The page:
As came up in a conversation…
To learn about the impact of an arc fault in a full range of electrical equipment with both copper and aluminum conductors, the researchers took their commercial high-speed and infrared cameras to KEMA Laboratories in Chalfont, Pennsylvania, an independent testing lab with unique electrical equipment capable of generating high energy arc fault conditions.
Optical engineer Anthony Tanbakuchi and lead technologist Byron Demosthenous put the cameras behind a cinder-block wall to get them close to the arc fault while also protecting them from the heat. They pointed the cameras toward high-grade mirrors and recorded the reflection of the explosion at more than 1,000 frames per second.
The team recorded an arc fault that lasted four seconds with 26,000 amps of current. Reviewing the high-speed footage, the researchers saw how the steel panel enclosing the switchgear vaporized within half a second of the arc initiation.
“In seconds, a perfectly good cabinet was destroyed,” LaFleur said.
Of particular interest:
High speed of the cabinet vaporizing: https://share-ng.sandia.gov/news/resources/news_releases/images/2019_video/high%20speed%20vaporizing.mp4
High speed thermal imaging: https://share-ng.sandia.gov/news/resources/news_releases/images/2019_video/high%20speed%20thermal.mp4
And high speed HDR of the cabinet vaporizing: https://share-ng.sandia.gov/news/resources/news_releases/images/2019_video/high%20speed%20HDR.mp4
Takeaway? Don’t mess with arc faults.
Man, the arcing/flames coming out of the cabinet spews out so fast it hardly looks like high speed video. Just the smoke looks slow.
Also the HDR video looks more dramatic than any CGI explosion I’ve ever seen.
According to a coworker, people have been “vaporized” by arc faults.
Didn’t realize it was ‘slow motion’ until I looked at the counter.
Speaking of arc faults… since Syonyk had some unwanted guests in a battery box, I was reminded of something a few years back: Wasp-induced arc faults.
Wasps, being particularly annoying (and potentially deadly to some like myself) have the most irritating ability to infiltrate any not-so-usually-opened-up space for their nesting pleasure. I’ve seen them in camera housings, the reciever of my RV’s tow hitch, telecom boxes on polls, and so many other places… but usually you have to get rid of them with some wasp spray before you can resume whatever you’re doing.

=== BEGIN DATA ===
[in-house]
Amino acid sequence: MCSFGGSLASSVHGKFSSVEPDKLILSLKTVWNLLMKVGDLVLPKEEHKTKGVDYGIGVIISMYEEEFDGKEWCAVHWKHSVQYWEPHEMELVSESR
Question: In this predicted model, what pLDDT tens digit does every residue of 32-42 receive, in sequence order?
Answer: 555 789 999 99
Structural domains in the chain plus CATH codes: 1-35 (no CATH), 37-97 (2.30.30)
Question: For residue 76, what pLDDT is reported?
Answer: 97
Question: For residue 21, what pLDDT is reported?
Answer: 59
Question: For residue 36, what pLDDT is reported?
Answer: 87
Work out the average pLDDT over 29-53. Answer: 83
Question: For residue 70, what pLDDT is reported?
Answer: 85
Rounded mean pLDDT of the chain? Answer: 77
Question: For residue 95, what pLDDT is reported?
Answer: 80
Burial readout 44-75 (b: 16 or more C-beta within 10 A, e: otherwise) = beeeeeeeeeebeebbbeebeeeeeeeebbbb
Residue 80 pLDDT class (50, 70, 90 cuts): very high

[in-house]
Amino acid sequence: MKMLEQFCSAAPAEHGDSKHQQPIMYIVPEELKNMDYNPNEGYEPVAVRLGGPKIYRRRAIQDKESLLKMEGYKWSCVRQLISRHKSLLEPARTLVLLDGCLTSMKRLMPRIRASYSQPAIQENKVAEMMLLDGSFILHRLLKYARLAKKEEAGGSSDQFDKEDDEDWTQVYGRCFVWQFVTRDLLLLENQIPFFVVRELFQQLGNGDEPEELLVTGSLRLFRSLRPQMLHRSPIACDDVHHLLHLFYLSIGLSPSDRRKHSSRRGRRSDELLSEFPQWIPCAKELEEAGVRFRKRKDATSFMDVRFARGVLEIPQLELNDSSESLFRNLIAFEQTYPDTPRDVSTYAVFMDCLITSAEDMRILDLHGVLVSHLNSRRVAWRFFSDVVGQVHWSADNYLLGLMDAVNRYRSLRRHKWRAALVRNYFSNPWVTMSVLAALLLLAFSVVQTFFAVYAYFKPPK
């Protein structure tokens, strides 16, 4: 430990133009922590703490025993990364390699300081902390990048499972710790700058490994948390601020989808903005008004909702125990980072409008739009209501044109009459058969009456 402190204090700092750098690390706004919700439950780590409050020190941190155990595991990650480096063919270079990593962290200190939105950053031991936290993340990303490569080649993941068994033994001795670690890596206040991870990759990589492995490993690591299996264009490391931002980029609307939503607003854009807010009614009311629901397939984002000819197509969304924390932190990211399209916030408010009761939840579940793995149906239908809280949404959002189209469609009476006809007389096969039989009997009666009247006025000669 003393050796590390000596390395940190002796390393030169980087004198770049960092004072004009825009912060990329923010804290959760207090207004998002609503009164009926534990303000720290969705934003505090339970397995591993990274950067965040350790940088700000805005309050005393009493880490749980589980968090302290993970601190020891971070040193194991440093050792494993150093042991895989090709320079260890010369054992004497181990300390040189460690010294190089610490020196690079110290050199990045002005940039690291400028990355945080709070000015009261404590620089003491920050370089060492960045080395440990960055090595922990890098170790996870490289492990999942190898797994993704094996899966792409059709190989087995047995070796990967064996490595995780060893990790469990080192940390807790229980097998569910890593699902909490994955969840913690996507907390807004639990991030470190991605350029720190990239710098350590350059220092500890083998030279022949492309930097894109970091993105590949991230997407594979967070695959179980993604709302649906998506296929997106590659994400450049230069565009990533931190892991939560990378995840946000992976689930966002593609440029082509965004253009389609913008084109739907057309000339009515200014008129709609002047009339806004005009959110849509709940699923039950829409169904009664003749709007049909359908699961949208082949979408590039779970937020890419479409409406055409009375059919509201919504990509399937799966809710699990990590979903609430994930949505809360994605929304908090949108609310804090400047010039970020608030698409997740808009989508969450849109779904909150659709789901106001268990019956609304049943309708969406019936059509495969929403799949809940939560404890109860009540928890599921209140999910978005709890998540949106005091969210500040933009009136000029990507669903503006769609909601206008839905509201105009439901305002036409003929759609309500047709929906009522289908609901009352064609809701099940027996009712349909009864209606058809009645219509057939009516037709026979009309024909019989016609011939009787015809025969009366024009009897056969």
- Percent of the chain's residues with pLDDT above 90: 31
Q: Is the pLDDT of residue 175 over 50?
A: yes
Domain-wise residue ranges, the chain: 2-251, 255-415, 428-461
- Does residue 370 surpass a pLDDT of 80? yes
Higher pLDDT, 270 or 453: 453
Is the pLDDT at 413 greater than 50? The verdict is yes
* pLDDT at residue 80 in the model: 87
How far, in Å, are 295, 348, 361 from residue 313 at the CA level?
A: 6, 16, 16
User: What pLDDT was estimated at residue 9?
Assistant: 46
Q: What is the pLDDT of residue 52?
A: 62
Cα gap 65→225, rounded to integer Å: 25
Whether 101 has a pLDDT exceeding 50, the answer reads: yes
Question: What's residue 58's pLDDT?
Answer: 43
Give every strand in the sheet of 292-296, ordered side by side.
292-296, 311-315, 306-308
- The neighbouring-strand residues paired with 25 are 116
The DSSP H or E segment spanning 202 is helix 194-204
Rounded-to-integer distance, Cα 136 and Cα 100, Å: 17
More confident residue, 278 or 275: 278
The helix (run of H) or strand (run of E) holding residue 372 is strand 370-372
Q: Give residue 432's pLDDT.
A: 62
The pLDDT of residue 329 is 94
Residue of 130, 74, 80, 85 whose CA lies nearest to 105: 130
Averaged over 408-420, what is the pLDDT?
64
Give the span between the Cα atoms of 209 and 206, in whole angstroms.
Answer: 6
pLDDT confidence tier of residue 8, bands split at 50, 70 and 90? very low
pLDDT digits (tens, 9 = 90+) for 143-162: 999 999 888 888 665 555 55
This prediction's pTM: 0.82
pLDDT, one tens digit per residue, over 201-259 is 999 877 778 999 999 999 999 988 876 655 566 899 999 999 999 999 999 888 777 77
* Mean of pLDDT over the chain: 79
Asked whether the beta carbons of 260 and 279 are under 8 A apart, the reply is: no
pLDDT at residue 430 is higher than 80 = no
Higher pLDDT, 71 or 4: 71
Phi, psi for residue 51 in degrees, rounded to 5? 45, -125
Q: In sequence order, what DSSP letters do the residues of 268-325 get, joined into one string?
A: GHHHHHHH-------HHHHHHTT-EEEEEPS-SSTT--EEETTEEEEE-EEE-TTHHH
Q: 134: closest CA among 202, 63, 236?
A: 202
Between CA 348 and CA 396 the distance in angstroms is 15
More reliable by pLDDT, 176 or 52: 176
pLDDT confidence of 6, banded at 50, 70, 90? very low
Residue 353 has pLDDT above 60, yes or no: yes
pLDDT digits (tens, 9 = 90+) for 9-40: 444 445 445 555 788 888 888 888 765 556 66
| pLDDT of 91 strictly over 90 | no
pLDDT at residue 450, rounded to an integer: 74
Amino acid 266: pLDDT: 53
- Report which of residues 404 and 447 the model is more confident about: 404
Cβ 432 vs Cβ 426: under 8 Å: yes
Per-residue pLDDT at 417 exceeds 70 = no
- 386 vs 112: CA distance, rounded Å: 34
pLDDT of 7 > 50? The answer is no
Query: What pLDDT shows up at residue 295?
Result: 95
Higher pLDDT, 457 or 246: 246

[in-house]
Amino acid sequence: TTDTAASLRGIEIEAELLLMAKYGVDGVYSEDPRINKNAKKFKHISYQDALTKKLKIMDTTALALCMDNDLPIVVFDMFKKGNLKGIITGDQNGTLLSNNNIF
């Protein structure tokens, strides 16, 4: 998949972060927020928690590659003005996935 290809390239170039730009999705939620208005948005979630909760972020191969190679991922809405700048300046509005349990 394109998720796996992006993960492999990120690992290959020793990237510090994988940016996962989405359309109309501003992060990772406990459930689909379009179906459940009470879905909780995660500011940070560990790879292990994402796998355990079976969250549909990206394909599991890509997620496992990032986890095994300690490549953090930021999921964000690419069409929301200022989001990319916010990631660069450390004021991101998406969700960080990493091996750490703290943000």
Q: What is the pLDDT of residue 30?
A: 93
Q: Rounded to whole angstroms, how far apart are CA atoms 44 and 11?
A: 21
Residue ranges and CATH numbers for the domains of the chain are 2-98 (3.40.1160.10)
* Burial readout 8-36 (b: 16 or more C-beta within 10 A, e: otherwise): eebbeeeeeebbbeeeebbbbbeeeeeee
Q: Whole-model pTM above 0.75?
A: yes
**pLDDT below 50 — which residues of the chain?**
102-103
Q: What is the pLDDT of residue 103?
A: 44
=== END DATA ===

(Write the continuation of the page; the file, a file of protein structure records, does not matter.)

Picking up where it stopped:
Not the case a few years back for one particular nest: The one inside a high-voltage box.
Apparently some wasps had, as they are wont to do, made a nest inside one of those boxes you see in and around industrial buildings that have “DANGER! HIGH VOLTAGE!” plastered all over them. Evidently, the wasp nest just kept getting larger and larger, until one day, an unlucky wasp must have managed to cause a momentary short either to ground or across two of the phases, and bang! pop! Just like that, some equipment shut off and everyone came running to see what was going on. Upon opening the box, charred remains of wasps and their nest were found. Not a single remotely-alive one though!
I can only speculate as to how exactly these wasps managed to get this /just right/ to arc this AC supply across their bodies and/or nest before stuff tripped, but I guess it likely didn’t take that long with 500 Amps or so at a few hundred volts to cook them way past well-done.
Usually, arc faults aren’t good news, but in this case, it seems like one did us a favor, and gave a sizable group of wasps what they had coming to them. XD
Maintenance sucked the debris out, blew it out with some compressed air, and reportedly was able to just reset everything and turn stuff back on.